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Old November 11, 2011, 04:42 AM   #1
wachtelhund1
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Join Date: January 4, 2007
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Just picked up an old H&R 700 .22 mag semi-auto for Coyote Hunting

Hi here is a picture of a old H&R 700, .22mag semi-auto that I just picked up:



This is going to replace my H&K 300 which I want to save.


The H&R appears to have been shot very little and no rust. Nynlon buffer slows little sign of firing. Action feels like it isn't even broken in. I took it apart today to clean it, screws look like they have never seen a screw driver. Nice walnut stock, a little too beefy. Barrel 22" long could be a couple inches shorter, may be in the future. Trigger pull was long and heavy, about six pounds. I quickly polished several trigger parts with a dremel tool and polishing compund, and passed the sear over a extra fine diamound steel several times. Which made an immediate improvement. I'll work on the trigger some more next week. Action is the blow back with rails and recoil spring. The rails look some what similar to a Winchester model 100. Rails are held in place with two 5/8" nuts. Trigger pins a 1/8" in diameter. Trigger held in place on grove rails similar to the tip off mount rails on top of a 22 receiver. Overall, seems to be a very well made rifle. Quality is much better than the Ruger 10/22 .22 mag that I once owned.
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Old November 11, 2011, 11:01 PM   #2
hagar
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Location: Colombia, SC
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Looks like a really nice rifle, never seen or heard about one of them. I have a 922M Marlin semi-auto 22 magnum, try and double tap coyotes, works much better!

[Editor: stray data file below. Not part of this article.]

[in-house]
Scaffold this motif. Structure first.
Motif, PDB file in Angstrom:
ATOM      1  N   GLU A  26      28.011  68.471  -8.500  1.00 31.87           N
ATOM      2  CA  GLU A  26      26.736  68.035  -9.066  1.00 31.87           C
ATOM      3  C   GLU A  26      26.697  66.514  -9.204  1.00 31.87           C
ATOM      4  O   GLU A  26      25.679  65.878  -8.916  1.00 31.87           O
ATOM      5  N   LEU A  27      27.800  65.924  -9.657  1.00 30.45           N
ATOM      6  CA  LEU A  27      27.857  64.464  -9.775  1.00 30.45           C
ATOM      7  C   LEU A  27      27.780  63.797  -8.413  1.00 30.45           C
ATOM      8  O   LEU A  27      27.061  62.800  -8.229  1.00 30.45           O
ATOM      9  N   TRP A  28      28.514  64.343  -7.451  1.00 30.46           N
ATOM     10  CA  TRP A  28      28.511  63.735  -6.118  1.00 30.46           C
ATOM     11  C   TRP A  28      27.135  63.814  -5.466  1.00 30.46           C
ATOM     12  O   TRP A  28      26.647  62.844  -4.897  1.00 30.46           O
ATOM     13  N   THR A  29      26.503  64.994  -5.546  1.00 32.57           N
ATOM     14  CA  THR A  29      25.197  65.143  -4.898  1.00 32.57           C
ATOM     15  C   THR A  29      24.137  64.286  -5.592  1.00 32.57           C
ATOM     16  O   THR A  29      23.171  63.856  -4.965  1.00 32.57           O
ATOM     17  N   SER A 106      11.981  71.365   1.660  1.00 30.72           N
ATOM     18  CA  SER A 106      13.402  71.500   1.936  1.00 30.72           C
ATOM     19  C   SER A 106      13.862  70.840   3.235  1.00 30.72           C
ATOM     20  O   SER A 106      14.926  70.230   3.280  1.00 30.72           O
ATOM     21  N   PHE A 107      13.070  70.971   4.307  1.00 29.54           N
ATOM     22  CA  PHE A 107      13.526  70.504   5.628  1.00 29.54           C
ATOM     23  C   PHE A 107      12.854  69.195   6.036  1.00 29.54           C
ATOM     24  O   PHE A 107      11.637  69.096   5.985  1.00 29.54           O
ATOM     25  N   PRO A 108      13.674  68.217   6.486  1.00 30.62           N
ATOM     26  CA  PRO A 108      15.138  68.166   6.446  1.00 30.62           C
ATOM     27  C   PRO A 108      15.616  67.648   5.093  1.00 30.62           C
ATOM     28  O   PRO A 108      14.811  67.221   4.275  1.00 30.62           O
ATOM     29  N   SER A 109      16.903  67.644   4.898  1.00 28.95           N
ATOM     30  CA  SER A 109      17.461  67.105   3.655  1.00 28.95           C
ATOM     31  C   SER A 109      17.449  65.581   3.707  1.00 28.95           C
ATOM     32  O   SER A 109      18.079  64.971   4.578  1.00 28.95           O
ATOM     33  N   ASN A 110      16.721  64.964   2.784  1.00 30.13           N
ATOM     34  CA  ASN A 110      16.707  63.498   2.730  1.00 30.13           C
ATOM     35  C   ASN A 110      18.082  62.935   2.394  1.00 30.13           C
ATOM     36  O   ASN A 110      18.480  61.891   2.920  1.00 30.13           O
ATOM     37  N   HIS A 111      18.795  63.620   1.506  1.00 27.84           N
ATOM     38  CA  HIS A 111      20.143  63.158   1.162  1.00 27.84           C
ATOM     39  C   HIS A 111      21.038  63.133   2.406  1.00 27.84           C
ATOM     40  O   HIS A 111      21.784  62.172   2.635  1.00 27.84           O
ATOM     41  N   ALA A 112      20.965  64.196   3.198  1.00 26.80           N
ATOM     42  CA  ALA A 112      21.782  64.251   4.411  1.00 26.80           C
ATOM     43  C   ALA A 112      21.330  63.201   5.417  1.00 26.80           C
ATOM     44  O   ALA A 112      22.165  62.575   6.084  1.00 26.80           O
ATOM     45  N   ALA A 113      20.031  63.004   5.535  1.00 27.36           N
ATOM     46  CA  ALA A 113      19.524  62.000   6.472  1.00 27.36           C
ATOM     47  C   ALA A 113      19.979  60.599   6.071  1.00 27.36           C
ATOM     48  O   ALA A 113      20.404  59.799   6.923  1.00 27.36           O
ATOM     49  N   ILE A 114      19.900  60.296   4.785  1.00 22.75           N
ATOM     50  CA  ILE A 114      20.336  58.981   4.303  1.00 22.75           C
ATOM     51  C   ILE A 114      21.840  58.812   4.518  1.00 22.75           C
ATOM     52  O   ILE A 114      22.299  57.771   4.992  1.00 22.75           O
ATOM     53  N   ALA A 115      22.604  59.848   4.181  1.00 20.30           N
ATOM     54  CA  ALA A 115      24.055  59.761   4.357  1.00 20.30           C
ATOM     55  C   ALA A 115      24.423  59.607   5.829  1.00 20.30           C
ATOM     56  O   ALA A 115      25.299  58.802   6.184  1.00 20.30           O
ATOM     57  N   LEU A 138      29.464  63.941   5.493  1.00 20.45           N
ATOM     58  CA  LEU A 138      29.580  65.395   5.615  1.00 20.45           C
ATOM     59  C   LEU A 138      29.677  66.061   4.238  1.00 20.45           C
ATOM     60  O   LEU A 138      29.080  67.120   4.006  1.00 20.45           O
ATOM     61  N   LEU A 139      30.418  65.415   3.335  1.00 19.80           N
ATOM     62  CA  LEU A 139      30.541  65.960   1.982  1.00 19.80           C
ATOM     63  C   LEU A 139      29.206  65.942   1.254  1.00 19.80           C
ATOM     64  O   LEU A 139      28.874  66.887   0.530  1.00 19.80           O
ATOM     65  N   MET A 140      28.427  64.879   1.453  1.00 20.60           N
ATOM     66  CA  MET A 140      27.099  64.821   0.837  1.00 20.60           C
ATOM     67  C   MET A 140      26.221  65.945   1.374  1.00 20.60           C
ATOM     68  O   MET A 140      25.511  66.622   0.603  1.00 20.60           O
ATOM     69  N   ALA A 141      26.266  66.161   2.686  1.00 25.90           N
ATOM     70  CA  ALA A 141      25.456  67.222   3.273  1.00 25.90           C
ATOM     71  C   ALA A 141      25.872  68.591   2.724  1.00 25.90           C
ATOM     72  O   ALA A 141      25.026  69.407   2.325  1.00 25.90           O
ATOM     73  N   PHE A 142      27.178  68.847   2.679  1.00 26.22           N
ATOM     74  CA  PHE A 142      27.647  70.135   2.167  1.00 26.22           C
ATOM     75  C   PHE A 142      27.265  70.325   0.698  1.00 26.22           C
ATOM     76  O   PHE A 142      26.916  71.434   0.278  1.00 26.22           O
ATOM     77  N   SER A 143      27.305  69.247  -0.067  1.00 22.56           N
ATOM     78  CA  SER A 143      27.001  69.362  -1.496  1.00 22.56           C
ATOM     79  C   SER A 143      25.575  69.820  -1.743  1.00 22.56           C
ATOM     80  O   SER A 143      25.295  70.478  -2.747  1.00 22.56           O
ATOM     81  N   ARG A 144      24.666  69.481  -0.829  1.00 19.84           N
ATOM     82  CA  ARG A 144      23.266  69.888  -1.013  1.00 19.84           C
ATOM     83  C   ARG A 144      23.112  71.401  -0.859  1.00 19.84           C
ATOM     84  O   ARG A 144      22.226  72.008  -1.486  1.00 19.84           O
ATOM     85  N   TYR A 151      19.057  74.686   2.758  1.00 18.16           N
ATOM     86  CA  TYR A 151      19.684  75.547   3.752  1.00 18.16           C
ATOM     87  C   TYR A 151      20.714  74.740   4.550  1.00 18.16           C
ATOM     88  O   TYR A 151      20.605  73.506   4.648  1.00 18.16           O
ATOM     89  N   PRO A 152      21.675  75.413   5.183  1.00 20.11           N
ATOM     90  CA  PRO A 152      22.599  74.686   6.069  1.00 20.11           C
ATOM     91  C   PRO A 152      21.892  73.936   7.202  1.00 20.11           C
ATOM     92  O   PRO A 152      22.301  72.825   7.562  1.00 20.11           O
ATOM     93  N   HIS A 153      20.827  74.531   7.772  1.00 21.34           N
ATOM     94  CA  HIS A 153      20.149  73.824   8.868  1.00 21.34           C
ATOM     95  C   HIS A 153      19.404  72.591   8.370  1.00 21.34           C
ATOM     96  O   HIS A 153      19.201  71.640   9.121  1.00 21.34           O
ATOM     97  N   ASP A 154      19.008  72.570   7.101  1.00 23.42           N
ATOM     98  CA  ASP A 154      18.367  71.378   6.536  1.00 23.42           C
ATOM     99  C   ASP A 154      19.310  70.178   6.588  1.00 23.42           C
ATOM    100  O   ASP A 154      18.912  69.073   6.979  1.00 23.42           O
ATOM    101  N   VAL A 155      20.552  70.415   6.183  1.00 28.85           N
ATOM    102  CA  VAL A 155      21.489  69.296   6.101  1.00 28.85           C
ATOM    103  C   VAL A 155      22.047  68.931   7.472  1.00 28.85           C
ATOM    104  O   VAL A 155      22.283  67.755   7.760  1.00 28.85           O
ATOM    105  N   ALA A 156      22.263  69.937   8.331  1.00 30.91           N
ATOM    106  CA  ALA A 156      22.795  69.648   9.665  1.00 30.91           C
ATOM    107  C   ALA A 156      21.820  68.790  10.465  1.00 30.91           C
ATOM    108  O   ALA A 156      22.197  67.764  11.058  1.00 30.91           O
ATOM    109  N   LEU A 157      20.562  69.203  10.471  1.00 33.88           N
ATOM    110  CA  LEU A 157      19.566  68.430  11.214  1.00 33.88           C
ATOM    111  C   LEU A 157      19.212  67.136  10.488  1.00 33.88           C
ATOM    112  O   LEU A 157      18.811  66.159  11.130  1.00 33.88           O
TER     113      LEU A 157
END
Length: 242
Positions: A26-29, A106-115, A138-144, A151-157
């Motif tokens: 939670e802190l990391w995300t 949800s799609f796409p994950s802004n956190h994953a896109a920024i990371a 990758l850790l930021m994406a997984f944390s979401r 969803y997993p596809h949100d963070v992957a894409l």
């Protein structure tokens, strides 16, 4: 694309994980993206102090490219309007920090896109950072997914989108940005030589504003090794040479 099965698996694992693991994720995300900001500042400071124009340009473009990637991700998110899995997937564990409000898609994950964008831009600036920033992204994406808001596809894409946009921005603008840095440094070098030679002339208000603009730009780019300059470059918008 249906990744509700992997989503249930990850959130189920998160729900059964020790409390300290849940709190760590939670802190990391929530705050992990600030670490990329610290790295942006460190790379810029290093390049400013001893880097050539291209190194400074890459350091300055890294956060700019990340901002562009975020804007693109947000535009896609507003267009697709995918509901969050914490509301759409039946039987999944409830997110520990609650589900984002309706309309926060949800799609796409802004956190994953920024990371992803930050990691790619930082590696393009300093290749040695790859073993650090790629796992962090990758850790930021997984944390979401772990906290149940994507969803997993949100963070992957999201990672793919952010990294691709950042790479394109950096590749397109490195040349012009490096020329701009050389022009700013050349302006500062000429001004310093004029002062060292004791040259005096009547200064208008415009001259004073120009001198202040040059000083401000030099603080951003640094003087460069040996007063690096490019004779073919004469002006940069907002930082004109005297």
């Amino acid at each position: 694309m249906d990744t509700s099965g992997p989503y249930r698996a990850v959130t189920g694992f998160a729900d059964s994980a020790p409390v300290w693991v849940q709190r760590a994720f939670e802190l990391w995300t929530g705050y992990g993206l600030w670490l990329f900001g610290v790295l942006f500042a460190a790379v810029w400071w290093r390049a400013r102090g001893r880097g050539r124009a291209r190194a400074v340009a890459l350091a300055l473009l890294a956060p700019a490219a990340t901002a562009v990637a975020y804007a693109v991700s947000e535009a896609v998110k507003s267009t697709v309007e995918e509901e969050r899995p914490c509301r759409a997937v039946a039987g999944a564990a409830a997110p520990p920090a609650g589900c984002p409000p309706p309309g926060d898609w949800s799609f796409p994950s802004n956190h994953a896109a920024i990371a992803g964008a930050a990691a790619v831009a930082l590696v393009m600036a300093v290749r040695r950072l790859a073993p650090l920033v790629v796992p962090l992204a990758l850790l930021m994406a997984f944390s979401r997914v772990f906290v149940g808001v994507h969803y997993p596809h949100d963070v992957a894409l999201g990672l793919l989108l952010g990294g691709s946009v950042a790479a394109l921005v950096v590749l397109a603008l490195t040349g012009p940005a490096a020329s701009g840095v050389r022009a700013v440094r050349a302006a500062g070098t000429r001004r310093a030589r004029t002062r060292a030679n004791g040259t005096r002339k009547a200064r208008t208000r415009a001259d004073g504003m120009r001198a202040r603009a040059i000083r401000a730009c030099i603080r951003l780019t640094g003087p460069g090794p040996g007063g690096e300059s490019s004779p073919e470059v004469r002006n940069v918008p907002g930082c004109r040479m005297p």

Leave the barrel as is, you will only reduce the value, and I assume these are not easy to find.
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Old November 12, 2011, 01:14 AM   #3
wachtelhund1
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No they are not easy to find, but I want this for a shooter. First I have to see how it shoots, then try and get an inleted stock and stream line it.
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Old November 12, 2011, 01:52 AM   #4
briandg
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The H&R rifles were a better grade of weapon than the shotguns or pistols. That was one of the few, and maybe the only .22 magnum rifles available at that time. IIRC, they got good reviews. You got an excellent shooter. Don't know that I'd want you using it on coyotes, but what the heck, it's your gun.
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Old November 12, 2011, 02:20 AM   #5
wachtelhund1
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When I'm calling in places were shots will be 75 yards or less, I take a .22 mag. Over that I take a center rifle. I kill several each year just walking through my yard, 4 acres, with a .22 mag. Drops them in their tracks.